Although the Loyola Meralco Sparks were not involved directly in the filing of complaints against Global, which ultimately led to the club being expelled from the UFL Cup, the Sparks have been on the receiving end of some of the most significant developments in its wake.
Firstly, Loyola have been moved to the other side of the UFL Cup bracket and will face a different opponent in the Round of 16. Secondly, because Global avoided any punishment in the UFL League, the Sparks narrowly miss out on second place, and the potential qualification to the AFC Cup playoffs that the position entails, should Ceres also claim the UFL Cup.
Despite the significant impact on the Loyola Meralco Sparks, team manager Armand Del Rosario is choosing to keep the bigger picture in mind, with longterm progress of the sport his primary concern.
“At the end of the day both the League and all the clubs need to be more professional and held to a higher standard. If we want football to continue to develop in the Philippines this needs to happen,” he intimated.
“We all want football to continue to grow in standard and popularity, so issues like this will need to be addressed at some point. Although the decision to take Global out of the Cup even if the alleged foreign player didn’t play in the Cup, is controversial, I see it more as, at least a decision was made. Controversial as it may be and delayed as it was, at least a decision was made and penalties doled out. Of all the teams, it effects the Loyola Meralco Sparks the most directly. It takes us out of that second place spot in the League, which if Ceres wins the Cup makes us the automatic representative. It also moves us up in ranking which almost ensures we play Ceres before the Final of the Cup. It’s a bit frustrating to say the least, however, I am just happy this issue is now behind us and sanctions were given. Now Clubs will have to ensure they follow the rules strictly going forward. At the same time the league now sees that they need to implement the rules more strictly as well. Growth is happening. It may not be the decision the club likes, but its one step back and two steps forward.”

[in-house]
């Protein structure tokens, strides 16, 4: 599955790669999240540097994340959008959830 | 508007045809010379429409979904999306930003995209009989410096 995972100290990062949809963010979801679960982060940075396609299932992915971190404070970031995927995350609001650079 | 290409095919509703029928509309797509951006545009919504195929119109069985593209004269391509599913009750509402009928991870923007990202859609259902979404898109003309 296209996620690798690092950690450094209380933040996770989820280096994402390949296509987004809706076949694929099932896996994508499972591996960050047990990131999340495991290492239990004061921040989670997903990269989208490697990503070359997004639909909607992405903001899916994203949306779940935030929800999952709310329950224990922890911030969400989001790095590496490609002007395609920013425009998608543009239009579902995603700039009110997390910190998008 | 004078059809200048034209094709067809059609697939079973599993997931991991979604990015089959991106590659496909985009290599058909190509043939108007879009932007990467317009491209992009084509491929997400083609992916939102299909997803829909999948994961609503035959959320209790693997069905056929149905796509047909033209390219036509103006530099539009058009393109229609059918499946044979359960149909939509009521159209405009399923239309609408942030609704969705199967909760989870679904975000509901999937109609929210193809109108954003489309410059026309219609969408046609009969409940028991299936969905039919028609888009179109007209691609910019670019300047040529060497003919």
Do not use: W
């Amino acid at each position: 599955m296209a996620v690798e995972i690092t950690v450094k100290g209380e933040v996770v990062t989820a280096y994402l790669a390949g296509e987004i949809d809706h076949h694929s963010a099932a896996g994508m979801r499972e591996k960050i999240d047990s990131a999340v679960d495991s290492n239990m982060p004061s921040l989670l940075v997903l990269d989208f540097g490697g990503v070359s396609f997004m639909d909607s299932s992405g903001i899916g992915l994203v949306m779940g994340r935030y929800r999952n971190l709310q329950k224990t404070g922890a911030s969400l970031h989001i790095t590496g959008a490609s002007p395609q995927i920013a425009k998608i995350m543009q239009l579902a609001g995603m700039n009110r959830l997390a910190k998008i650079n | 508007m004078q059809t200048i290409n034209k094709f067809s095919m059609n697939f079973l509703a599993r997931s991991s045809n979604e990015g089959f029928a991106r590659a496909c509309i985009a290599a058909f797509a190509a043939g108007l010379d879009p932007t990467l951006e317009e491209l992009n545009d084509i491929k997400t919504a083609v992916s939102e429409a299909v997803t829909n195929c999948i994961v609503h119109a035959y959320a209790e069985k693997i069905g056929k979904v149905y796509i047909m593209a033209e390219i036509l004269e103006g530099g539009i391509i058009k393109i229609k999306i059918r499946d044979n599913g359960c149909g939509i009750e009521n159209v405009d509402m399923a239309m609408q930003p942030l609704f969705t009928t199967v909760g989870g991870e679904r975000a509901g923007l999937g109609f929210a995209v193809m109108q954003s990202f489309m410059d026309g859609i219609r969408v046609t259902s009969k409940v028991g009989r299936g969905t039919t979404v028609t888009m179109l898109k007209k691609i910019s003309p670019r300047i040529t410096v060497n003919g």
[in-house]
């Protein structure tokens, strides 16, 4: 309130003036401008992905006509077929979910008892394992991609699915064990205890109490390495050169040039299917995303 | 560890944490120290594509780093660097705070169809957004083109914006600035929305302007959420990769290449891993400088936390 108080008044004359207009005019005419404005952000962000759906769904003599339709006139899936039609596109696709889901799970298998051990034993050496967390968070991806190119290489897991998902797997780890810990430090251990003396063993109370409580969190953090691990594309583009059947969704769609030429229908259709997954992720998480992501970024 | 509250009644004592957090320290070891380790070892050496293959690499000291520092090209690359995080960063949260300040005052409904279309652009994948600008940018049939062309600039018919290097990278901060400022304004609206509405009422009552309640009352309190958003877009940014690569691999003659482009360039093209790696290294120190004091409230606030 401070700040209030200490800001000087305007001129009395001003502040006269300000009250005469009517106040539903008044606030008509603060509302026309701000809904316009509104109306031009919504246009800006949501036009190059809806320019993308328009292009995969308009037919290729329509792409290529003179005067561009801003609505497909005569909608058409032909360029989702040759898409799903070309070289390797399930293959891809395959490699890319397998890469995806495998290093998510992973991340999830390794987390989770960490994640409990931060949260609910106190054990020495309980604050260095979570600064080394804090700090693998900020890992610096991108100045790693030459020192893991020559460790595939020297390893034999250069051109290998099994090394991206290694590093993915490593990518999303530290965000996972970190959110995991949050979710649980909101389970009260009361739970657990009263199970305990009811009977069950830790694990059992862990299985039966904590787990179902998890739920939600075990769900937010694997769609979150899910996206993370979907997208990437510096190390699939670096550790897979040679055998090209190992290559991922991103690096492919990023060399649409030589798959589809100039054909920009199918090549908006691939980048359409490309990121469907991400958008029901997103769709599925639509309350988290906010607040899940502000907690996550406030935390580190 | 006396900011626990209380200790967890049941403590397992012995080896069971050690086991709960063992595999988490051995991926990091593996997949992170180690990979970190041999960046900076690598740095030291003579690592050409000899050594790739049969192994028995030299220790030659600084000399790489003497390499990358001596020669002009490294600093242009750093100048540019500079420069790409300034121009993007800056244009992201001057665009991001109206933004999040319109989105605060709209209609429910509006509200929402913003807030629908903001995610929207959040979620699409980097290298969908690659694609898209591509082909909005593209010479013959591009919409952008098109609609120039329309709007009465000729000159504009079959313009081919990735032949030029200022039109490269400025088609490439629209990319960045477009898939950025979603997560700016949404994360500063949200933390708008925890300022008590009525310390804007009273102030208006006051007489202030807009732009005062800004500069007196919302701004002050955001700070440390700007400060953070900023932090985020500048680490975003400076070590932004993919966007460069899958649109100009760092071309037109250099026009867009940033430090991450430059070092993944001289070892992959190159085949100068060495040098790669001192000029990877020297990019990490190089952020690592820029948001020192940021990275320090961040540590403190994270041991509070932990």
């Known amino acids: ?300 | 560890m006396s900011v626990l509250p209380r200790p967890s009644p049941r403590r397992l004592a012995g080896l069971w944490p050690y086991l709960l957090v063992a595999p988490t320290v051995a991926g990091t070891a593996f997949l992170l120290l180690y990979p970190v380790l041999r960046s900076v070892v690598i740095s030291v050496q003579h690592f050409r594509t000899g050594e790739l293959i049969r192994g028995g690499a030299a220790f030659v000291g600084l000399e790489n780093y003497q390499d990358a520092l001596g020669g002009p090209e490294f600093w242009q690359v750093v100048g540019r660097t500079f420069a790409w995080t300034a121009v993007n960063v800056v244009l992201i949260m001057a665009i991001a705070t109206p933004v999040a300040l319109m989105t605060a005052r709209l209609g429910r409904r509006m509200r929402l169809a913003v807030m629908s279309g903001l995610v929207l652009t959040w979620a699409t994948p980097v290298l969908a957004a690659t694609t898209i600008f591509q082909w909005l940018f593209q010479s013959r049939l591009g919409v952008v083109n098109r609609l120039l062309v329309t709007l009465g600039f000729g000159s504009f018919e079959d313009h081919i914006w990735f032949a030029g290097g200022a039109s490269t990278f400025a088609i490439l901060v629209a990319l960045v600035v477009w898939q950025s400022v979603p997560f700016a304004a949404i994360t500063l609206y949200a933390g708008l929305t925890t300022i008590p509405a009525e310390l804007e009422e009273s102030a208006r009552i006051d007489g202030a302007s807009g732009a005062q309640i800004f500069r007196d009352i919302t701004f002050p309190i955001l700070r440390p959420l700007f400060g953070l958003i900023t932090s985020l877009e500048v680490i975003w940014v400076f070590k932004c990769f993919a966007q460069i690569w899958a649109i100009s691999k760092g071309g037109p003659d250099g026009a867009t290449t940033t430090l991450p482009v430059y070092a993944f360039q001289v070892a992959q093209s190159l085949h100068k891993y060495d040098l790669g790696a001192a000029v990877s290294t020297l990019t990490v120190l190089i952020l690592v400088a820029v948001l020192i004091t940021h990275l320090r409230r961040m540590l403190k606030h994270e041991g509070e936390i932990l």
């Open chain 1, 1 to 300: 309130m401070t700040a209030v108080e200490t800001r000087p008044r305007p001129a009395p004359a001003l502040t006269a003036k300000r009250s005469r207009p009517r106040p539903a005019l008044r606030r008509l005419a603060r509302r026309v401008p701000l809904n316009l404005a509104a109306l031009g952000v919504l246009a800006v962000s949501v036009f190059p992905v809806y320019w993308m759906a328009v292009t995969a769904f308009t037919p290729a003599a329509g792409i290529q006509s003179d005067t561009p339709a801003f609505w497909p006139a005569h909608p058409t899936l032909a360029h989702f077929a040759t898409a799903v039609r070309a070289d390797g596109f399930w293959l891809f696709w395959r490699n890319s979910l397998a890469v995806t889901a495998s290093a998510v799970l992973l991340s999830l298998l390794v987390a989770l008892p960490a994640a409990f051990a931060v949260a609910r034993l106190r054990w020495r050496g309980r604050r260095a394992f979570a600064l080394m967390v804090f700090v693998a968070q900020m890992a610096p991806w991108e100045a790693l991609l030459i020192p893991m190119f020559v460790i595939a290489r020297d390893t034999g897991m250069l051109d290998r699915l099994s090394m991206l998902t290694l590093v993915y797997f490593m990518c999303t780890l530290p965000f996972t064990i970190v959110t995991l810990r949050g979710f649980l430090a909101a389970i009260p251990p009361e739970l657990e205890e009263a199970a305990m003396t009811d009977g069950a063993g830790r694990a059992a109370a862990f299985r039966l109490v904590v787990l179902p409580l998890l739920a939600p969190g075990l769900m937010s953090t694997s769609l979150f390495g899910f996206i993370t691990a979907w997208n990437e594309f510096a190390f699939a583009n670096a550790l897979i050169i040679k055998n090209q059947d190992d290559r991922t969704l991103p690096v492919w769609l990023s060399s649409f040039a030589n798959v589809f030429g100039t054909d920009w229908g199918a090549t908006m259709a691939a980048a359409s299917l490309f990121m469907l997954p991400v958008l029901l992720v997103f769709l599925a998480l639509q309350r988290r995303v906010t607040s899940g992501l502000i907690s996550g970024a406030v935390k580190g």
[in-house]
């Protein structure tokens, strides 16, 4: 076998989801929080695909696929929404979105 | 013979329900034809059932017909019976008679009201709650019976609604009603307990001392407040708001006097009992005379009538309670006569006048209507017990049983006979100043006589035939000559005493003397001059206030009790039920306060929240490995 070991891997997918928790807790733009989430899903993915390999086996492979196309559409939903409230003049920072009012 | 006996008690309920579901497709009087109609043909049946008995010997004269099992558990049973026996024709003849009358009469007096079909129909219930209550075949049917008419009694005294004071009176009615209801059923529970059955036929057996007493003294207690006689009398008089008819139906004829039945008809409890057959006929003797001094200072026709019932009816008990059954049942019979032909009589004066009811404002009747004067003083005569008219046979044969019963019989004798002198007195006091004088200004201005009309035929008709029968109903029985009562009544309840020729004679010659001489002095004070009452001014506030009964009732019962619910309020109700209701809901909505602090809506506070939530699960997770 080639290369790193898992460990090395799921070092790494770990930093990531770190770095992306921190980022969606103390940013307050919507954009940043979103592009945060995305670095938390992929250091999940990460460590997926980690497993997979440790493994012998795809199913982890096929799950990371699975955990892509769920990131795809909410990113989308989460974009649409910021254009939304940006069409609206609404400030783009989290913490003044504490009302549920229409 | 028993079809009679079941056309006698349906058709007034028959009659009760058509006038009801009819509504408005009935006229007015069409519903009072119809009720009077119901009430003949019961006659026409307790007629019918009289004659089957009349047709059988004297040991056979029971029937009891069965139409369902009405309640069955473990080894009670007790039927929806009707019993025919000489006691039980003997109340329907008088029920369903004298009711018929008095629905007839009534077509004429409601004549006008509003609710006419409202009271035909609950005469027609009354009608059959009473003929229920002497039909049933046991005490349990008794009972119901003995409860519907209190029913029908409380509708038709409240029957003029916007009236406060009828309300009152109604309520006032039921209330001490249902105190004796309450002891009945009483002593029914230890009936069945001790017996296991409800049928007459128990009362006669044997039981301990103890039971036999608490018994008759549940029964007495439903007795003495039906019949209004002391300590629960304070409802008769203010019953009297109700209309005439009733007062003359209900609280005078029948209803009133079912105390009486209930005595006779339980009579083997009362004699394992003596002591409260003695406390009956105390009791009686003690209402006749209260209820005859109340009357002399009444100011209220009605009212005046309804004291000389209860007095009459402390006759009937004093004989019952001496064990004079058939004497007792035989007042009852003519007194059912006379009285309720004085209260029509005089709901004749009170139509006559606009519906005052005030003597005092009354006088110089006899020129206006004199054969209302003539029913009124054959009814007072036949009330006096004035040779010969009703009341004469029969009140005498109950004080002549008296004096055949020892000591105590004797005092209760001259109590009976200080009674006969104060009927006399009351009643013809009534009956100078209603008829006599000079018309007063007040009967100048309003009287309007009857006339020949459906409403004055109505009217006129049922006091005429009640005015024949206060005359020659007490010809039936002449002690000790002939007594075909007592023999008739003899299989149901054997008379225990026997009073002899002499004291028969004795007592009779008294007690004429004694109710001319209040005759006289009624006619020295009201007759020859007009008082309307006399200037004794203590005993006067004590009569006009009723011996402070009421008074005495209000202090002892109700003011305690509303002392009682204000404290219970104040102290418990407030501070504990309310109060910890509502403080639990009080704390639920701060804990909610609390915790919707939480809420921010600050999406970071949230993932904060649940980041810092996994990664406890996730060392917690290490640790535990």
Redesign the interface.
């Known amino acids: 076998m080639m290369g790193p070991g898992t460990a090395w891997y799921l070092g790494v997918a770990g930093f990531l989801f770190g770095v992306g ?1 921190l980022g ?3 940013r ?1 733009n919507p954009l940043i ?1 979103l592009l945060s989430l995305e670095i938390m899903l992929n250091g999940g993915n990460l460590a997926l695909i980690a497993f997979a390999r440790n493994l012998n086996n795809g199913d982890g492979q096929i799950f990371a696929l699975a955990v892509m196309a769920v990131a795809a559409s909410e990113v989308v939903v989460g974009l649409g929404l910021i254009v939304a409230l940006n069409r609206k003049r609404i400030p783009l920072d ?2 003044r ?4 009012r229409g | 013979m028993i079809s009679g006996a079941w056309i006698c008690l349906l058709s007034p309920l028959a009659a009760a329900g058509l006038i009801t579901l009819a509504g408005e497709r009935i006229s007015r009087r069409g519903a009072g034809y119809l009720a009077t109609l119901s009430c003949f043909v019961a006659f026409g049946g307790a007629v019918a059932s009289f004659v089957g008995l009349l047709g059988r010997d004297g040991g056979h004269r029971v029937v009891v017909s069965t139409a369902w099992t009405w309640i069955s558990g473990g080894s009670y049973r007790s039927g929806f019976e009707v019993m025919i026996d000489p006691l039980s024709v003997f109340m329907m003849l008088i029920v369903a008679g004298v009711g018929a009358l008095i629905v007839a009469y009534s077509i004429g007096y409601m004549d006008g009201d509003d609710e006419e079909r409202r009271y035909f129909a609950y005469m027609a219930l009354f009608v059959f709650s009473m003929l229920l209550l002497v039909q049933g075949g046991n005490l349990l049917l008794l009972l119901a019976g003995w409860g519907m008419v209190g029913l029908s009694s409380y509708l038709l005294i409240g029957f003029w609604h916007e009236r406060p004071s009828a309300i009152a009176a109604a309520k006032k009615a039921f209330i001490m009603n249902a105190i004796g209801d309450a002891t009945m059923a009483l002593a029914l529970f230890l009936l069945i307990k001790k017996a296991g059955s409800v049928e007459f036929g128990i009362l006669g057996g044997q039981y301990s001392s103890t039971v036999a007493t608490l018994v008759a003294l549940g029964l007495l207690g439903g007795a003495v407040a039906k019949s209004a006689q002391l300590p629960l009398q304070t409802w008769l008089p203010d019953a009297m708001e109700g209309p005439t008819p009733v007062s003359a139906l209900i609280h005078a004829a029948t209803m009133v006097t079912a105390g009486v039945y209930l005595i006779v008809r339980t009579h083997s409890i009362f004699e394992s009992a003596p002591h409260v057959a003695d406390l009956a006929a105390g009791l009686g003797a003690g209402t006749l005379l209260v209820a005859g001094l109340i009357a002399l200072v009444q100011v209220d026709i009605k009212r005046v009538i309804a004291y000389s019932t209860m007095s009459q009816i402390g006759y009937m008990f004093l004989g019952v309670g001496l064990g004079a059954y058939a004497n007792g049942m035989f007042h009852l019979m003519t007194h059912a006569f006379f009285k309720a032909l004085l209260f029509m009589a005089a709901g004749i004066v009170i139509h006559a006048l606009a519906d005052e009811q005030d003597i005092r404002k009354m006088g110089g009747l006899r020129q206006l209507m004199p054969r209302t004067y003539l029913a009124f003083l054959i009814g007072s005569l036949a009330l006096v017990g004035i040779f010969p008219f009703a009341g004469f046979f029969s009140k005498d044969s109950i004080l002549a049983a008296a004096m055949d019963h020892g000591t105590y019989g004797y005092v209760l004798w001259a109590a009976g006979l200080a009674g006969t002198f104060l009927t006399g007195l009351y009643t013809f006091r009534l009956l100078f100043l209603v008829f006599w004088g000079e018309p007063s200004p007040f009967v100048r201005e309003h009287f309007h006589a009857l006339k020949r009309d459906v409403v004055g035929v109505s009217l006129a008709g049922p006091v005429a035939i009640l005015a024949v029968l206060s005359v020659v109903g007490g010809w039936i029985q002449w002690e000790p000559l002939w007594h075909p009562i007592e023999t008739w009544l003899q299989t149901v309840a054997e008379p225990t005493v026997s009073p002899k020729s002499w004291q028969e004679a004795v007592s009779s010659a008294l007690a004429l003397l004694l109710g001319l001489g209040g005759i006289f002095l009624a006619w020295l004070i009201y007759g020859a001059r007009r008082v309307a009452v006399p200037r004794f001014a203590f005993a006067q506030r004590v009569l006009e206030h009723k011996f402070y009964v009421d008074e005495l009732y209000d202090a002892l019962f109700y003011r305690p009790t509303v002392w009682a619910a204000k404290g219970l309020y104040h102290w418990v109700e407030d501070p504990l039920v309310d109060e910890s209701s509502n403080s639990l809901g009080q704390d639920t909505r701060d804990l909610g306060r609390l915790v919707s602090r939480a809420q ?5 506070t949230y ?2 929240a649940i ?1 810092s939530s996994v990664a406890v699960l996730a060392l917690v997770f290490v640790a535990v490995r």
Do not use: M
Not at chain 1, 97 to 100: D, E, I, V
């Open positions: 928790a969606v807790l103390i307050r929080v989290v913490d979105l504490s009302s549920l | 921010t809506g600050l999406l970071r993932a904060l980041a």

The player deemed ineligible was Satoshi Otomo, who although Global claims had clear Filipino heritage, did not hold the necessary documents for the league to deem the player a local. New Sparks recruit, Alvin Sarmiento, faced a similar situation earlier in the year, with the club opting to use him as a foreign player until his papers were sorted out. The incident highlights that while such issues will become more prevalent, as the UFL grows in stature and more foreign-based Filipinos make the move to play in the Philippines, the clubs and the league alike hold responsibilities in keeping the sport’s best interest at heart.
“Earlier in the year we had Alvin Sarmiento, a player with clear Filipino decent but without the proper documentation. We played him as a foreigner until all the proper documentation came in. He now has his Filipino passport and we play him accordingly. In a situation like this, it’s not only the club’s responsibility to ensure the documents are in proper standing, but also the league to ensure all parties are following the rules.”
“If we want to compete with clubs in the region and on an international level, we need to be better as a club, and the league needs to be run more professionally. We will have bumps in the road here and there – it’s inevitable, this is what happens in developing countries. It’s trial and error and as long as everybody stays above board in their actions then the sport will be fine. Progress is key, and for as long as everyone is doing their part to improve the standards, the sport will thrive and football will live on.” http://onemeralcosports.com/loyola-sparks/armand-del-rosario-on-global-explusion/